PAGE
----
if $t\equiv 0\phantom{\rule{4.44443pt}{0ex}}\left(\mathrm{mod}\phantom{\rule{0.277778em}{0ex}}p\right)$ then  6:
SA protocol is executed among the server and all node devices, with inputs ${\mathbb{Y}}_{t}^{\prime \left(i\right)}$ and output ${\mathbb{Y}}_{t}$  7:
the server performs orthogonalization and clipping ${\mathbb{Z}}_{t}=\mathsf{clip}(\mathsf{orth}\left({\mathbb{Y}}_{t}^{\prime}\right),\widehat{z})$  8:
the server broadcasts ${\mathbb{Z}}_{t}$ to all node devices  9:
each node device i sets ${\mathbb{Z}}_{t}^{\left(i\right)}={\mathbb{Z}}_{t}$  10:
else  11:
each node device i calculates the latest ${\mathbb{Z}}_{t}^{\left(i\right)}=\mathsf{clip}(\mathsf{orth}\left({\mathbb{Y}}_{t}^{\prime \left(i\right)}\right),\widehat{z})$  12:
end if  13:
end for  14:
return approximated eigenspace

One can easily extend this result for
$T\ge 1$ with the composition property of DP: Algorithm 3 satisfies
$(T\xb7\epsilon ,T\xb7\delta )$DP. Besides this basic loose composition, one can obtain better results by utilizing more involved composition theorems such as in [
34]. We leave this for future work.
Analysis. Similarly to
Section 4, we protect the individual intermediate results with SA. On the other hand, it is equivalent to generate
n Gaussian noise with variance
$\sigma $ and select one, or to generate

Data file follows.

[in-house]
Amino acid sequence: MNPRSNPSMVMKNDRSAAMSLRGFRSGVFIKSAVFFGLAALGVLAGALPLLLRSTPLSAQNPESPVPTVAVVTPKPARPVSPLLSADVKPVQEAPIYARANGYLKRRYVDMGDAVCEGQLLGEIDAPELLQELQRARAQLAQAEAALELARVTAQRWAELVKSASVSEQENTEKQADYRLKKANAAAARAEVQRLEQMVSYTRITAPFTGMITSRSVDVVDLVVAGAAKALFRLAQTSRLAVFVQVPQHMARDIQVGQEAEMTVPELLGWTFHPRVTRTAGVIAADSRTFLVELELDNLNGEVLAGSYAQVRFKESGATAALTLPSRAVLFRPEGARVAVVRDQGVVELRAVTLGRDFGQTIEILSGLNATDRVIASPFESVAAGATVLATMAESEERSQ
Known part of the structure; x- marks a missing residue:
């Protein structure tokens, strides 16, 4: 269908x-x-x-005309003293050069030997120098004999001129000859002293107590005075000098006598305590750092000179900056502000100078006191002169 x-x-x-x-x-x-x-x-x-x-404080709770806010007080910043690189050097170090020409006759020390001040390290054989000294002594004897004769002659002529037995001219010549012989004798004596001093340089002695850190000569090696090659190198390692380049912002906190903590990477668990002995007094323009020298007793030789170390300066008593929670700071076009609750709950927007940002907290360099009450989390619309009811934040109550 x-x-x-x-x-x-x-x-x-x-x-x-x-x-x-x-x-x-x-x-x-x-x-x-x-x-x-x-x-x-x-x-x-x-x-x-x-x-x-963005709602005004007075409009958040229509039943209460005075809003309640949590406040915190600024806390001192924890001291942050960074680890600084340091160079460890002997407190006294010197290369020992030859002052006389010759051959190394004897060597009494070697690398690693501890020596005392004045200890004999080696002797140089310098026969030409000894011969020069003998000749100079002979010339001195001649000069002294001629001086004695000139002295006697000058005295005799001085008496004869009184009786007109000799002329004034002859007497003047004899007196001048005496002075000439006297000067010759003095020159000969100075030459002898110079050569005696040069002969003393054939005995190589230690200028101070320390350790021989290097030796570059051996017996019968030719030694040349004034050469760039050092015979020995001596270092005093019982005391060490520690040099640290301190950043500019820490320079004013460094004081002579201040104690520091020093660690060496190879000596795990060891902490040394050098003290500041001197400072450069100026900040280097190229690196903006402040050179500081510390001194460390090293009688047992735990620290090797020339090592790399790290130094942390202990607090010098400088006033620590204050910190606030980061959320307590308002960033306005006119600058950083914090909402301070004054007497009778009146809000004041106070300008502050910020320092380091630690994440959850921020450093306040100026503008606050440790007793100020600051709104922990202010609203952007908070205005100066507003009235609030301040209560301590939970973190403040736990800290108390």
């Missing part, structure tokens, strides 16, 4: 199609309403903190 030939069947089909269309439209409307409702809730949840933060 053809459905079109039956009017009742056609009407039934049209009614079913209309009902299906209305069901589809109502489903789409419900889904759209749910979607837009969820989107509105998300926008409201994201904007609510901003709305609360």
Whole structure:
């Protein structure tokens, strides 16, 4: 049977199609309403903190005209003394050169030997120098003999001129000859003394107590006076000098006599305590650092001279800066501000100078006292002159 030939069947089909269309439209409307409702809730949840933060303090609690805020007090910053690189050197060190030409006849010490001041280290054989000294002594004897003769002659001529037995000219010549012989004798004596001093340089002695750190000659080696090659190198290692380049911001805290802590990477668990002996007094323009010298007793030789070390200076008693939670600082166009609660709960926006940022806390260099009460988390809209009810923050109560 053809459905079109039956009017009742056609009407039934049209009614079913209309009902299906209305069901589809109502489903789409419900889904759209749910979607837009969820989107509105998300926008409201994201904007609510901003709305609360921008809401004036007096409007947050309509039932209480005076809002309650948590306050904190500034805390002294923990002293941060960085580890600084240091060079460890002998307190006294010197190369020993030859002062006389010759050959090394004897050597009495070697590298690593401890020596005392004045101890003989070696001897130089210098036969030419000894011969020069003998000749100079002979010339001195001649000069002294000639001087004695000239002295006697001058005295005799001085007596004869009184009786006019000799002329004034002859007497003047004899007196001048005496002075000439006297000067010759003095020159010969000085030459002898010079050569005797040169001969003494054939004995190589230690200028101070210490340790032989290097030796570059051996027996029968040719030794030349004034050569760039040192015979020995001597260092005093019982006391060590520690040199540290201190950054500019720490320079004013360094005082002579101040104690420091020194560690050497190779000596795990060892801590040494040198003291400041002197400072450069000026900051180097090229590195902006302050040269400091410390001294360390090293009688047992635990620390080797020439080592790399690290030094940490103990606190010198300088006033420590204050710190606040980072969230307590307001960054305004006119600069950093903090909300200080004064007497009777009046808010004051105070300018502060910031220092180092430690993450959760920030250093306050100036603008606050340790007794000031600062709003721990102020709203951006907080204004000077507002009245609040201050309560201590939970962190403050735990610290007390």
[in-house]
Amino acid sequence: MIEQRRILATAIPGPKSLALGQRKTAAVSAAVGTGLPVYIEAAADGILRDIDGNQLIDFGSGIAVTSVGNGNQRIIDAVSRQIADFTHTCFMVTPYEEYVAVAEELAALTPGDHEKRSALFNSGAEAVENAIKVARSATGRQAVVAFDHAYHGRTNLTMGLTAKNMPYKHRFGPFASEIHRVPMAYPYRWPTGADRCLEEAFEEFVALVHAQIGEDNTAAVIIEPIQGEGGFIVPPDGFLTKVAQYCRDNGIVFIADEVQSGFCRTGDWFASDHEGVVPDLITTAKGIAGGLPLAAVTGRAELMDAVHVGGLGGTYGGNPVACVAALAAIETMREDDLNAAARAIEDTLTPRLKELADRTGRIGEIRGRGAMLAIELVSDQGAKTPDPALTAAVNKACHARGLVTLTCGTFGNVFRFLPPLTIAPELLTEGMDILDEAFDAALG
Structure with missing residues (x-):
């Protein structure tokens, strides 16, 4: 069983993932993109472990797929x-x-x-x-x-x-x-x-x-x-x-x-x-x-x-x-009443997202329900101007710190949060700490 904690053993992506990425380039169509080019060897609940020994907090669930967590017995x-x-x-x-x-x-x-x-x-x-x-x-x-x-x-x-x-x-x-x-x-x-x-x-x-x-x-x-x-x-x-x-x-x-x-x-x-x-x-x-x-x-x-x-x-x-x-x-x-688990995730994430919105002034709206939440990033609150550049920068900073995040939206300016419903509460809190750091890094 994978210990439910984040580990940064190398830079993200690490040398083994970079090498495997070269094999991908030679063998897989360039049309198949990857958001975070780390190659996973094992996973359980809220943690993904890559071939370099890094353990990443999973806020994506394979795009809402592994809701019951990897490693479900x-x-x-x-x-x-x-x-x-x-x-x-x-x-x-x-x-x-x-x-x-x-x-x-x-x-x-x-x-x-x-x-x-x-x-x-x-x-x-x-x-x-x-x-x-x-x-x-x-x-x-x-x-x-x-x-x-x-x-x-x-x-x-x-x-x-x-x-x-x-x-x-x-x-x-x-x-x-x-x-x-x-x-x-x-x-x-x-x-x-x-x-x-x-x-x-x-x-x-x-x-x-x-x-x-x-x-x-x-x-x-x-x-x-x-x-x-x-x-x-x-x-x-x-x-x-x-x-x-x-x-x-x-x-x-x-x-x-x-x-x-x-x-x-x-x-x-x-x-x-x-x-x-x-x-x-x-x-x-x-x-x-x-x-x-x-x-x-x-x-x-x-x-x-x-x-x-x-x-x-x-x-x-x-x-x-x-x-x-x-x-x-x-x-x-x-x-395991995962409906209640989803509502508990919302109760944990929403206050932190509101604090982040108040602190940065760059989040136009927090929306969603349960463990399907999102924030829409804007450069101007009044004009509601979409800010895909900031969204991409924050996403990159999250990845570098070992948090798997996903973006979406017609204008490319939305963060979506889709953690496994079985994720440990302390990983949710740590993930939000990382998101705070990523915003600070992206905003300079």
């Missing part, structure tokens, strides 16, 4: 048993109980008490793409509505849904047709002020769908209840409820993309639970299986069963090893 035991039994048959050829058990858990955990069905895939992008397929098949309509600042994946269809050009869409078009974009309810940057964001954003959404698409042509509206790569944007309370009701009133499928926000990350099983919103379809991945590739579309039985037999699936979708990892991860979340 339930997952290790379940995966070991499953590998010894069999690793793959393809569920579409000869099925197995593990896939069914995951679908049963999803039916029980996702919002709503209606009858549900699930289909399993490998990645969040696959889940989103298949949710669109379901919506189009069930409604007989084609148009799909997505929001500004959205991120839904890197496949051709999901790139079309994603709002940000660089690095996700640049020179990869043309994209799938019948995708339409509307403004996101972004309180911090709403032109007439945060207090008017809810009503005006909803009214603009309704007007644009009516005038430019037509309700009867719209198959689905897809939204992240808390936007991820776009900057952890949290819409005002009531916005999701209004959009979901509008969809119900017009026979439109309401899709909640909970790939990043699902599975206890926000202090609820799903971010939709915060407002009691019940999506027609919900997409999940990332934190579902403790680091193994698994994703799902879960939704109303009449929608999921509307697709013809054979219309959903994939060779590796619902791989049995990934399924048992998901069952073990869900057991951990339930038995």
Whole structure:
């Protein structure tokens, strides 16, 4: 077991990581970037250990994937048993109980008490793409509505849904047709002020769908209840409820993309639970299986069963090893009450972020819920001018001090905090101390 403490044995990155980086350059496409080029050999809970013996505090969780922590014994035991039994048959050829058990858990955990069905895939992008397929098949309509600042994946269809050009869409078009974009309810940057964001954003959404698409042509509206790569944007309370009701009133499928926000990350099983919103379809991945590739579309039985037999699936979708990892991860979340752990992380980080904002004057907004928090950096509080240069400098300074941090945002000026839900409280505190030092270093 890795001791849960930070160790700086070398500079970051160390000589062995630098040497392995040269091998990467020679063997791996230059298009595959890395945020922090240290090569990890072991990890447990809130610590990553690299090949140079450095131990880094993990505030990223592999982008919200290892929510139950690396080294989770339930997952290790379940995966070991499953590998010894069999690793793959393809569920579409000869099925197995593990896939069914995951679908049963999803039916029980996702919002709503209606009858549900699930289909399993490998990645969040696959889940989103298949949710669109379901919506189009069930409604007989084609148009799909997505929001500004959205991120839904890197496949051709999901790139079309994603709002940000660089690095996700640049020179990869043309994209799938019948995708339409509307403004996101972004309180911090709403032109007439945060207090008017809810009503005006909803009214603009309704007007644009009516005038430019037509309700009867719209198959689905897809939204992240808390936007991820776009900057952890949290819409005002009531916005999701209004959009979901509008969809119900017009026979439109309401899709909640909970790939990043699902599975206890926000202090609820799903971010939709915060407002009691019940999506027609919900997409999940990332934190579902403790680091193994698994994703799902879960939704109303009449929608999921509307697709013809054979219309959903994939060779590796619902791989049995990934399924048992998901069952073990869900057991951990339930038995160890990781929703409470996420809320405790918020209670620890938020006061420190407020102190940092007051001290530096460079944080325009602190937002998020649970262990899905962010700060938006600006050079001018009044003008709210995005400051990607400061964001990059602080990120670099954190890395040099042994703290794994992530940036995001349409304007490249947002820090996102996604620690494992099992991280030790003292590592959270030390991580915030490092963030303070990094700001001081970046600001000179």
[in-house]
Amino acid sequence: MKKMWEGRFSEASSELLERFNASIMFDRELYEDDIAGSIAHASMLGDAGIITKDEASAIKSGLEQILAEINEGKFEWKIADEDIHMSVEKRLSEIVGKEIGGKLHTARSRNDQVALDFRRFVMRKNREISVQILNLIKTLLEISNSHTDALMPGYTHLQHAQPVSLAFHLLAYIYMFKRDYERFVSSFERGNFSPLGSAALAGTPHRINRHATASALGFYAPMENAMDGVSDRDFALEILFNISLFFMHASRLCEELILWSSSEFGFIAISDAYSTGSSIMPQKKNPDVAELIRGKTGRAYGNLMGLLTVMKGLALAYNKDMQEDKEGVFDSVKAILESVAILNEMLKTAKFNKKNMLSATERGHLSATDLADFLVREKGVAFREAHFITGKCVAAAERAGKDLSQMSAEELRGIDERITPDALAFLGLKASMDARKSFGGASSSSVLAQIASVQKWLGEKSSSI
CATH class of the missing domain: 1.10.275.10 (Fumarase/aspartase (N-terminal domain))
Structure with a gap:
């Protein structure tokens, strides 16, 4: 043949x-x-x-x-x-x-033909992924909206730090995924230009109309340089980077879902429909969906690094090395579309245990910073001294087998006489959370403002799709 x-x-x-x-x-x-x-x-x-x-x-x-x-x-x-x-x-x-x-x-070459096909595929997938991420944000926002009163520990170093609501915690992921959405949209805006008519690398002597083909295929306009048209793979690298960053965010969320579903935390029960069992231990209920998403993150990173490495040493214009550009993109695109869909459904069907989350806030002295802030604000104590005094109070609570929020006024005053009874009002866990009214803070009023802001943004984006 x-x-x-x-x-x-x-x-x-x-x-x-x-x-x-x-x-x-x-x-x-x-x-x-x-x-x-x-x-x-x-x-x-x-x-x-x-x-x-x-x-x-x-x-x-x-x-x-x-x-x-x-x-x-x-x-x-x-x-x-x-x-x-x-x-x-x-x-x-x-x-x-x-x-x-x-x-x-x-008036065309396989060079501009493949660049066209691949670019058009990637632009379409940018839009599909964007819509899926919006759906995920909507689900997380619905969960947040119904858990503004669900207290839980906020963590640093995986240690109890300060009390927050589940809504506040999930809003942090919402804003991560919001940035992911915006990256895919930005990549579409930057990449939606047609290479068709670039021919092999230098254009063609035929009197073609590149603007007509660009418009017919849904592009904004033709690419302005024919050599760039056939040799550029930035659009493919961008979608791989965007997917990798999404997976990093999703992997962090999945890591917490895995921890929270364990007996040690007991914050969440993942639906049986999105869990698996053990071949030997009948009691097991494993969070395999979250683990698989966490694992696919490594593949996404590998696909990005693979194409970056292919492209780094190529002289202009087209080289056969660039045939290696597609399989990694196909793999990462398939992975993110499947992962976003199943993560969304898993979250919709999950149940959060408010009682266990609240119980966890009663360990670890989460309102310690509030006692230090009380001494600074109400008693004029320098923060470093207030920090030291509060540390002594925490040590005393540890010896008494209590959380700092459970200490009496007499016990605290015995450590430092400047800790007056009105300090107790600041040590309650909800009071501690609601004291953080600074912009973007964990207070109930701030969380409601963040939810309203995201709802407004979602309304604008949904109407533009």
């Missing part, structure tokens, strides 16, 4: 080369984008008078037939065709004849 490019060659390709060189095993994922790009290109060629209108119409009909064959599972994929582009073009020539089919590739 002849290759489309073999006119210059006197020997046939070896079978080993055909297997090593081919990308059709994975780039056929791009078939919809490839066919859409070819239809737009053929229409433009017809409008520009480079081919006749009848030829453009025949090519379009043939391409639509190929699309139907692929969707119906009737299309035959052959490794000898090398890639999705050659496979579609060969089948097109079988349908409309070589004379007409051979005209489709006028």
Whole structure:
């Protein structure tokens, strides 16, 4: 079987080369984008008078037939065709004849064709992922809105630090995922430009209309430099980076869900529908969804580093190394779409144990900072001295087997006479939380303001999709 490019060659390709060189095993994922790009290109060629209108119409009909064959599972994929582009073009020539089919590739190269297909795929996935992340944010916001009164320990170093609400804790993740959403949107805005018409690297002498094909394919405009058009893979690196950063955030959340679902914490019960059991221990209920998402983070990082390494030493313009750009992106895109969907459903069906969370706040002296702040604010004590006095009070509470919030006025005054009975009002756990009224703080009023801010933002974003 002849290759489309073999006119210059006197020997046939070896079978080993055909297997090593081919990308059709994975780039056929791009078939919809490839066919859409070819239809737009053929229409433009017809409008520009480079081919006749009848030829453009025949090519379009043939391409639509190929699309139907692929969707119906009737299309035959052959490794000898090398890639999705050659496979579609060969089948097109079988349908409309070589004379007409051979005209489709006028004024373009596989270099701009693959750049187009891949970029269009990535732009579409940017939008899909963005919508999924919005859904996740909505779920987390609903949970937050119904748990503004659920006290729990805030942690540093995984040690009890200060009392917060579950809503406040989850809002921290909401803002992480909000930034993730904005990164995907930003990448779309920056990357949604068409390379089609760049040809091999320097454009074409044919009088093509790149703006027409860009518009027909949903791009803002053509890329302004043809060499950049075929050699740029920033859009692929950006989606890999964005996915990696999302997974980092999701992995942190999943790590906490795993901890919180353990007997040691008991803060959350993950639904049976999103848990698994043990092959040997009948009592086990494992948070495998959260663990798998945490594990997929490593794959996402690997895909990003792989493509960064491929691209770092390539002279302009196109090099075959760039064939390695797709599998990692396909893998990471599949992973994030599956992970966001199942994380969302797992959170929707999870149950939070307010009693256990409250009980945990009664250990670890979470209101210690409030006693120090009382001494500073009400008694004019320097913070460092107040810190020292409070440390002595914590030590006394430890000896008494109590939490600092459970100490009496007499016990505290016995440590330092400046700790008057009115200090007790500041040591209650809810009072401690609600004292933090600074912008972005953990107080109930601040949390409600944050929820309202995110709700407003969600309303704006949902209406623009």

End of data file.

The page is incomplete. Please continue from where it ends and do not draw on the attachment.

n Gaussian noise with variance
$\frac{\sigma}{n}$ and sum them all up. Consequently, instead of relying on an SMPC protocol to eliminate most of the local noise, we could merely scale them down. combining SA with such a downsized local noise is, in fact, a common practice in FL: this is what distributed differential privacy (DDP) [
35] does, i.e., DDP combined with SA provides LDP but with
n times smaller noise, where
n is the number of participants.
6. Empirical Comparison
In order to compare our proposed schemes with FedPower, we implement the schemes in Python [
36]. As we only encrypt 0 and 1 in
Section 4, we optimize the performance and take advantage of the utilized Paillier cryptosystem. More specifically, we rerandomize the corresponding ciphertexts to obtain new ciphertexts. In addition, we also exploit the homomorphic property, and instead of decrypting each value (